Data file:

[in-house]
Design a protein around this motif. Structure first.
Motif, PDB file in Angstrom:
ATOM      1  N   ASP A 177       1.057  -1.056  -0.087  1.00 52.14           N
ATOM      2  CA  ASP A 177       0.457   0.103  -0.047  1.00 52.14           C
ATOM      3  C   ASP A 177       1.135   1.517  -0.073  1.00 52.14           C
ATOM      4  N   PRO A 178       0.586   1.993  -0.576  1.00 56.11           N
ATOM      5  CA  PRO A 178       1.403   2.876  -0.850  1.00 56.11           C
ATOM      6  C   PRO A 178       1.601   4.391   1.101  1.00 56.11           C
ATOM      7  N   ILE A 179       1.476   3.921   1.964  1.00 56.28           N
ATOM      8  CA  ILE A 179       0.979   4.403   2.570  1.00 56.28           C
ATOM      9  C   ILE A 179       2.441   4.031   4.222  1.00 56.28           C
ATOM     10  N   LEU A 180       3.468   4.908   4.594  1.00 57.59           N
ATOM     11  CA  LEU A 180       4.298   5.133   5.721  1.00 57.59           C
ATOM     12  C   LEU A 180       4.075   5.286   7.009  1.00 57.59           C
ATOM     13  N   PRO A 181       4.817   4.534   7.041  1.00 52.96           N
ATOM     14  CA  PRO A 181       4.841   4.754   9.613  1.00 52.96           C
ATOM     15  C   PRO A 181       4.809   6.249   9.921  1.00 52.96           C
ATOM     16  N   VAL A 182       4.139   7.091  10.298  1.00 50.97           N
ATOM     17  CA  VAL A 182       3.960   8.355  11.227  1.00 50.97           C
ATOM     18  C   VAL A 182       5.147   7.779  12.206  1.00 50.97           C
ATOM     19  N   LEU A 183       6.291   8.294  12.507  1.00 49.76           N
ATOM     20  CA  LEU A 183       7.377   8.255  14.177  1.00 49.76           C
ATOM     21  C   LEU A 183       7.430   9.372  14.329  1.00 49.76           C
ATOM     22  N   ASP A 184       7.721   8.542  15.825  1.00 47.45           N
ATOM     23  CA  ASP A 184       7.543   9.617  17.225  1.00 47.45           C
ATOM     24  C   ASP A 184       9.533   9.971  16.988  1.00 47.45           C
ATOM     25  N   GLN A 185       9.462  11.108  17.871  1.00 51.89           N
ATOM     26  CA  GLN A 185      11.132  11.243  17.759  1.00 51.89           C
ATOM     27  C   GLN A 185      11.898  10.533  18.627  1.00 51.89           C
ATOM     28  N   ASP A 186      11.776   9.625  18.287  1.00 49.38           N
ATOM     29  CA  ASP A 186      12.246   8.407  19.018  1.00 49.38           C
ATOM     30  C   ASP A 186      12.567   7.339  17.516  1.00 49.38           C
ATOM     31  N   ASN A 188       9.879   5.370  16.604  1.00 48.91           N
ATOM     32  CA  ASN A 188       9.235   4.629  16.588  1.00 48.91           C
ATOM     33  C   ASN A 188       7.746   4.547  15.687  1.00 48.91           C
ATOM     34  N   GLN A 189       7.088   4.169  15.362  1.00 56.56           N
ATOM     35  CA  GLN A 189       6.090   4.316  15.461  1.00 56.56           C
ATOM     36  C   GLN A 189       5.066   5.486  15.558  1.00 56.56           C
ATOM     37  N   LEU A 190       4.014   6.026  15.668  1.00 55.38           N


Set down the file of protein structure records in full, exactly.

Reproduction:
[in-house]
Design a protein around this motif. Structure first.
Motif, PDB file in Angstrom:
ATOM      1  N   ASP A 177       1.057  -1.056  -0.087  1.00 52.14           N
ATOM      2  CA  ASP A 177       0.457   0.103  -0.047  1.00 52.14           C
ATOM      3  C   ASP A 177       1.135   1.517  -0.073  1.00 52.14           C
ATOM      4  N   PRO A 178       0.586   1.993  -0.576  1.00 56.11           N
ATOM      5  CA  PRO A 178       1.403   2.876  -0.850  1.00 56.11           C
ATOM      6  C   PRO A 178       1.601   4.391   1.101  1.00 56.11           C
ATOM      7  N   ILE A 179       1.476   3.921   1.964  1.00 56.28           N
ATOM      8  CA  ILE A 179       0.979   4.403   2.570  1.00 56.28           C
ATOM      9  C   ILE A 179       2.441   4.031   4.222  1.00 56.28           C
ATOM     10  N   LEU A 180       3.468   4.908   4.594  1.00 57.59           N
ATOM     11  CA  LEU A 180       4.298   5.133   5.721  1.00 57.59           C
ATOM     12  C   LEU A 180       4.075   5.286   7.009  1.00 57.59           C
ATOM     13  N   PRO A 181       4.817   4.534   7.041  1.00 52.96           N
ATOM     14  CA  PRO A 181       4.841   4.754   9.613  1.00 52.96           C
ATOM     15  C   PRO A 181       4.809   6.249   9.921  1.00 52.96           C
ATOM     16  N   VAL A 182       4.139   7.091  10.298  1.00 50.97           N
ATOM     17  CA  VAL A 182       3.960   8.355  11.227  1.00 50.97           C
ATOM     18  C   VAL A 182       5.147   7.779  12.206  1.00 50.97           C
ATOM     19  N   LEU A 183       6.291   8.294  12.507  1.00 49.76           N
ATOM     20  CA  LEU A 183       7.377   8.255  14.177  1.00 49.76           C
ATOM     21  C   LEU A 183       7.430   9.372  14.329  1.00 49.76           C
ATOM     22  N   ASP A 184       7.721   8.542  15.825  1.00 47.45           N
ATOM     23  CA  ASP A 184       7.543   9.617  17.225  1.00 47.45           C
ATOM     24  C   ASP A 184       9.533   9.971  16.988  1.00 47.45           C
ATOM     25  N   GLN A 185       9.462  11.108  17.871  1.00 51.89           N
ATOM     26  CA  GLN A 185      11.132  11.243  17.759  1.00 51.89           C
ATOM     27  C   GLN A 185      11.898  10.533  18.627  1.00 51.89           C
ATOM     28  N   ASP A 186      11.776   9.625  18.287  1.00 49.38           N
ATOM     29  CA  ASP A 186      12.246   8.407  19.018  1.00 49.38           C
ATOM     30  C   ASP A 186      12.567   7.339  17.516  1.00 49.38           C
ATOM     31  N   ASN A 188       9.879   5.370  16.604  1.00 48.91           N
ATOM     32  CA  ASN A 188       9.235   4.629  16.588  1.00 48.91           C
ATOM     33  C   ASN A 188       7.746   4.547  15.687  1.00 48.91           C
ATOM     34  N   GLN A 189       7.088   4.169  15.362  1.00 56.56           N
ATOM     35  CA  GLN A 189       6.090   4.316  15.461  1.00 56.56           C
ATOM     36  C   GLN A 189       5.066   5.486  15.558  1.00 56.56           C
ATOM     37  N   LEU A 190       4.014   6.026  15.668  1.00 55.38           N